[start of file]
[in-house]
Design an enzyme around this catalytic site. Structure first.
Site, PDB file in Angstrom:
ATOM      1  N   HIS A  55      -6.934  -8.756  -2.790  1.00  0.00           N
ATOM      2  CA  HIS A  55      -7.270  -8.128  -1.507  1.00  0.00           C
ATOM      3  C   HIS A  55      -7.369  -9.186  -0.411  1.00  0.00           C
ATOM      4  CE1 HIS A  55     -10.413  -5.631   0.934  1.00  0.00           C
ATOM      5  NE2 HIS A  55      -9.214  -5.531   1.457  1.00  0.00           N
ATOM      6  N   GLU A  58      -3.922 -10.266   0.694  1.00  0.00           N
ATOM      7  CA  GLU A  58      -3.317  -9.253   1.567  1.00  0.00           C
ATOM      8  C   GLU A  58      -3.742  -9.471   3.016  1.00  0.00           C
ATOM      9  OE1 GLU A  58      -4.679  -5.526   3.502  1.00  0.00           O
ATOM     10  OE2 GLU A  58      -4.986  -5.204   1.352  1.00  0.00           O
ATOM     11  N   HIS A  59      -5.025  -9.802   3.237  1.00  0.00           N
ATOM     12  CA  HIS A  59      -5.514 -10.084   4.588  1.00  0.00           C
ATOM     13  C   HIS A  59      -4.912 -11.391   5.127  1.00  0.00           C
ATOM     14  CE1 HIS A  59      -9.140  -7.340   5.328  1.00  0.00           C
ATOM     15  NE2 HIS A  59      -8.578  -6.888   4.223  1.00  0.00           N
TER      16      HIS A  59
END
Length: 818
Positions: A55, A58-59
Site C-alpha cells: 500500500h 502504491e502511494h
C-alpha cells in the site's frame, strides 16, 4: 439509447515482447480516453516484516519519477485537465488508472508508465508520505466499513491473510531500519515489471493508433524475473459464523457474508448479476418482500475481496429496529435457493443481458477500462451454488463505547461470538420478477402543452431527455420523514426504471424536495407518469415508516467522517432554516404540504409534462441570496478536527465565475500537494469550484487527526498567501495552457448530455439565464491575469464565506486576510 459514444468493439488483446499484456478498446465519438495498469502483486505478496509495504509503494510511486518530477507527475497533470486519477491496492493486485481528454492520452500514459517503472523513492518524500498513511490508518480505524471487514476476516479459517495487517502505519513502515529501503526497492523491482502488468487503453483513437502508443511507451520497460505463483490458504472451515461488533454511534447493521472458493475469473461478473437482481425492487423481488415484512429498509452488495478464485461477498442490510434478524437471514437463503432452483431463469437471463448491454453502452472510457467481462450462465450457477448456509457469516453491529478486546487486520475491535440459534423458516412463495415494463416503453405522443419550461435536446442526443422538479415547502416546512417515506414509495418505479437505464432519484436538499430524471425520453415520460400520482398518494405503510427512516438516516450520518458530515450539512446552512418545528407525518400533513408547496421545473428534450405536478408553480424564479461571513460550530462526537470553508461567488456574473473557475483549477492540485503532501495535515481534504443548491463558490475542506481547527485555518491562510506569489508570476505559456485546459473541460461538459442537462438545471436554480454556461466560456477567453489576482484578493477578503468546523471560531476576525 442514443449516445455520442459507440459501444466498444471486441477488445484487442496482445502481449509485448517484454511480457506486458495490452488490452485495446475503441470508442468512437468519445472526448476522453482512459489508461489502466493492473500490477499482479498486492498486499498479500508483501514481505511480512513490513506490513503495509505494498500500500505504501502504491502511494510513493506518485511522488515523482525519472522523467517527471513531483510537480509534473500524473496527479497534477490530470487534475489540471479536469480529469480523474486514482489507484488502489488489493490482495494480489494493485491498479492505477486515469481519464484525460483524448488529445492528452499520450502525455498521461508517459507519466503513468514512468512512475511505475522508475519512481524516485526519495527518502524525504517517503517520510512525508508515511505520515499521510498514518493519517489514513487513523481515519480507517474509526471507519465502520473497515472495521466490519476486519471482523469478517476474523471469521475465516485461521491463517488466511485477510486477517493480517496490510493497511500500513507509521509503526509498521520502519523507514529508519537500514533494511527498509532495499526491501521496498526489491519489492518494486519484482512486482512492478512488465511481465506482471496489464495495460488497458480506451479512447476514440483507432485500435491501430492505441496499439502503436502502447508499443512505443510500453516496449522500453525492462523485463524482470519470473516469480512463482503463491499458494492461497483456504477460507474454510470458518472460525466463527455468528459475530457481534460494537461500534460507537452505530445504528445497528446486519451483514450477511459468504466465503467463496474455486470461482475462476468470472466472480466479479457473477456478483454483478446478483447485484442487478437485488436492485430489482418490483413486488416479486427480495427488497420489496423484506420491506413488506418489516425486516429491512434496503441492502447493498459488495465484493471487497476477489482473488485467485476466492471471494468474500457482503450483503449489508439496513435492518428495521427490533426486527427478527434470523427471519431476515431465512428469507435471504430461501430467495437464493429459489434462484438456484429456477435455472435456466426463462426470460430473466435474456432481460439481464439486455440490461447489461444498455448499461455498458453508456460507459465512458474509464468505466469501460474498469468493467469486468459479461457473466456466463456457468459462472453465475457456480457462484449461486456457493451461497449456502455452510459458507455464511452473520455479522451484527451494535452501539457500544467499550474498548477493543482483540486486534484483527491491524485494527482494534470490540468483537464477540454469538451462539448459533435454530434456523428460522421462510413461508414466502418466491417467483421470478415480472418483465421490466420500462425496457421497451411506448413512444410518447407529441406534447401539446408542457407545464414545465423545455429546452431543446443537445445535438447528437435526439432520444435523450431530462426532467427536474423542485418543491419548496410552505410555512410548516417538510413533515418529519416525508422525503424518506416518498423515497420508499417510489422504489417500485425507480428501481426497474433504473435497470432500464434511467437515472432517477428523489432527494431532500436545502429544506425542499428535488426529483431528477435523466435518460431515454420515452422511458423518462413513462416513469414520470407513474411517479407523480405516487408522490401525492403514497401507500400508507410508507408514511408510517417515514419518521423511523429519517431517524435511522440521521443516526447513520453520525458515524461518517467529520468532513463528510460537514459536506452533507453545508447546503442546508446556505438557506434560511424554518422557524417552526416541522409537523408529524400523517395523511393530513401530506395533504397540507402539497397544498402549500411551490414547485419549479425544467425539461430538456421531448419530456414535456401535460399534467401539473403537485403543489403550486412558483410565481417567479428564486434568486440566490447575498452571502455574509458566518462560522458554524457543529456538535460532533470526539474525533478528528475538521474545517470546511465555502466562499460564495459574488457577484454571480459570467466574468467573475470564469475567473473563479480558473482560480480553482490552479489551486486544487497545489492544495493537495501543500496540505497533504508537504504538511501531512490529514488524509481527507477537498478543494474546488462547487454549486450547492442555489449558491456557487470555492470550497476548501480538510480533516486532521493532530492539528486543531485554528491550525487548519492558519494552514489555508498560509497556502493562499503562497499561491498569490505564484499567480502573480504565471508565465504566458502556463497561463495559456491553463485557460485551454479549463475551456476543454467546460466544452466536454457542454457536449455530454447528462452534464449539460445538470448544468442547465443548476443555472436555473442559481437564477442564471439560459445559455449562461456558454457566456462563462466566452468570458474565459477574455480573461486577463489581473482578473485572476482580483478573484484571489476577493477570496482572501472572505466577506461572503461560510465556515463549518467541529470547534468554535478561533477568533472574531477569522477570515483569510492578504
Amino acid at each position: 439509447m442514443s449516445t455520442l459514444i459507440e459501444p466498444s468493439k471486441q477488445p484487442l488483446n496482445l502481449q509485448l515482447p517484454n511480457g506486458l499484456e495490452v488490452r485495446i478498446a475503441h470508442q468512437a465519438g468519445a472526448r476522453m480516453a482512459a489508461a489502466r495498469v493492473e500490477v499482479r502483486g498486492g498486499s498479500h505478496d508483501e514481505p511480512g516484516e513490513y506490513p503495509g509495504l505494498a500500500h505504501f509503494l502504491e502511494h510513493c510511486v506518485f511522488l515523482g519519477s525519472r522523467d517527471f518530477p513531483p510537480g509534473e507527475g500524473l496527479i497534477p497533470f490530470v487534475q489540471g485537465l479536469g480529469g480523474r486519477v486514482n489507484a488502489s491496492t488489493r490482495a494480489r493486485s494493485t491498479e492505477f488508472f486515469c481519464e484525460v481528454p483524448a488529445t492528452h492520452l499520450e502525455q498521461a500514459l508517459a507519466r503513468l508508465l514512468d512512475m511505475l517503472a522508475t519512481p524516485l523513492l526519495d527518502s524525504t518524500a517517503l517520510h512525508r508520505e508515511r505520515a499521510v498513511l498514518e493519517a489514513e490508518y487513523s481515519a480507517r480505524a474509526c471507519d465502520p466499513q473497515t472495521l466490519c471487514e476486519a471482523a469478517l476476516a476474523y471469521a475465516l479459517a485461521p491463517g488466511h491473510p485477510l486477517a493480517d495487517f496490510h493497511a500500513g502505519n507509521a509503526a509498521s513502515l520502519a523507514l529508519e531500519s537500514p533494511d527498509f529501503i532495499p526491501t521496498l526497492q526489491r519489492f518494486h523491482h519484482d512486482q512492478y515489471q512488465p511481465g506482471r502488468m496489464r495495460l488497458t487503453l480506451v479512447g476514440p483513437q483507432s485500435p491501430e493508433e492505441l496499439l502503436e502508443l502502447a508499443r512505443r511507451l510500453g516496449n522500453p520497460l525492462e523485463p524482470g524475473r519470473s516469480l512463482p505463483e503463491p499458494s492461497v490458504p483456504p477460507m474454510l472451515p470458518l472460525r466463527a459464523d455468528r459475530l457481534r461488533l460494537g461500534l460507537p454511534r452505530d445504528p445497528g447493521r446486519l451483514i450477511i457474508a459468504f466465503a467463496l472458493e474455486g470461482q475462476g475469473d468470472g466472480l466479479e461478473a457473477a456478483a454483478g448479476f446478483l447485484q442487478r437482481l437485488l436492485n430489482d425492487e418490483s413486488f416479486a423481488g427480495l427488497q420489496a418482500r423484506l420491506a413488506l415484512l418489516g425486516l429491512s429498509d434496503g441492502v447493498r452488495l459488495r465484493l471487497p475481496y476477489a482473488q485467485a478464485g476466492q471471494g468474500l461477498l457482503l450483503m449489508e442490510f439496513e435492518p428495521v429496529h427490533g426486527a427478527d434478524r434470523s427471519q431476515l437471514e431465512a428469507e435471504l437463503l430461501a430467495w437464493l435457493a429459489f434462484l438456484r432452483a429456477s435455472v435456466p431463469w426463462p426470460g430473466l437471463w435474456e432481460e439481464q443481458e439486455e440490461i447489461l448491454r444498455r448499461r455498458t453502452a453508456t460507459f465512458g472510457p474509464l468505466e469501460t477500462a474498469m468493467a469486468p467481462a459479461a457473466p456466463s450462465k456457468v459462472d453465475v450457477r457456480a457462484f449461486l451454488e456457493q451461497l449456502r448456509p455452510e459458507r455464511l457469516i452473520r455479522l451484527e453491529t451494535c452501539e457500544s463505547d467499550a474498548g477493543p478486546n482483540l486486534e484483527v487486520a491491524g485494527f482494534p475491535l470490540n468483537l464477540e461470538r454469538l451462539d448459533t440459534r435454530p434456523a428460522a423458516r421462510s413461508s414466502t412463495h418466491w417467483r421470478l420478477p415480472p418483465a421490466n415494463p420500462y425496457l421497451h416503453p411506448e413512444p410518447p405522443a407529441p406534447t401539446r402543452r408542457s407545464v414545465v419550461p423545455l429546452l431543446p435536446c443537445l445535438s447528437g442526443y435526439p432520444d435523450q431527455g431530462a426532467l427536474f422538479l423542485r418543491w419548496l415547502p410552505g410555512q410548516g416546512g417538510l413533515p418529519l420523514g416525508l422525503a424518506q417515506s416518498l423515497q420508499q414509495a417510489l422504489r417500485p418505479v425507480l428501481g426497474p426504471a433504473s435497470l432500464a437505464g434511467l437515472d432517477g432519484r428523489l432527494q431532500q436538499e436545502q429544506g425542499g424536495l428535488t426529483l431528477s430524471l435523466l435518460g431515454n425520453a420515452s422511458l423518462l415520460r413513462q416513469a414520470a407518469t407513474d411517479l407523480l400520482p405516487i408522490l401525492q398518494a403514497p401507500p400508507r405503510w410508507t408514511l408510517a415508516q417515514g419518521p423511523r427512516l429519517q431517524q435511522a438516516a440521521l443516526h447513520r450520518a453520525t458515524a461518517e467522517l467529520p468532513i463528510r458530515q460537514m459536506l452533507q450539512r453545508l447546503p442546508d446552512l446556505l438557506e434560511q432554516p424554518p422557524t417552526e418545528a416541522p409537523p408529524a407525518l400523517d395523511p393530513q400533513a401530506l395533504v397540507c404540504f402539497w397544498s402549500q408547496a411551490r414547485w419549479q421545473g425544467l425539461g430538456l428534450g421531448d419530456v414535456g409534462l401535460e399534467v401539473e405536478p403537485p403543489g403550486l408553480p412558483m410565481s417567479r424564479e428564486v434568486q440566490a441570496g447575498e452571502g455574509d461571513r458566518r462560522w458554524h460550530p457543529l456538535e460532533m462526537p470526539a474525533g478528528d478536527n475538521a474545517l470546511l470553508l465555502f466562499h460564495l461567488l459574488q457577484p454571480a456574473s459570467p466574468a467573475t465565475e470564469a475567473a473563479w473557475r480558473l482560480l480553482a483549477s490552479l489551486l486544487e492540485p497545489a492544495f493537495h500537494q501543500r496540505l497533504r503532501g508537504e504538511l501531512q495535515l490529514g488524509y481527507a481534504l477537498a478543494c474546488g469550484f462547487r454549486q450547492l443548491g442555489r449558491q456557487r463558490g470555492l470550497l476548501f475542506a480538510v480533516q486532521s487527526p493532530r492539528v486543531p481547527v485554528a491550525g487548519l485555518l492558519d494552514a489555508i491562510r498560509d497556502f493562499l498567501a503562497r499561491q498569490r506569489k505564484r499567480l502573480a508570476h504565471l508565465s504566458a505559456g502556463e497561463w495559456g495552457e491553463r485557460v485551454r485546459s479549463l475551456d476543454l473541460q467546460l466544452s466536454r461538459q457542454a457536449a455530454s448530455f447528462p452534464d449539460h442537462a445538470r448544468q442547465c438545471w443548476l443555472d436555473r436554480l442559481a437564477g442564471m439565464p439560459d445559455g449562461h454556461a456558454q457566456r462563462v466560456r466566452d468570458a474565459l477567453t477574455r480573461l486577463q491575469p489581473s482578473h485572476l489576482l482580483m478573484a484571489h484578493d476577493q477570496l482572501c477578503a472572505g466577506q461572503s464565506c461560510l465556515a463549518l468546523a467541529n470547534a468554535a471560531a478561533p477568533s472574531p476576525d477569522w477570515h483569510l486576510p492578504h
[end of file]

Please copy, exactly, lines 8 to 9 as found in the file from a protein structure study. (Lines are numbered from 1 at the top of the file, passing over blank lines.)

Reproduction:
ATOM      5  NE2 HIS A  55      -9.214  -5.531   1.457  1.00  0.00           N
ATOM      6  N   GLU A  58      -3.922 -10.266   0.694  1.00  0.00           N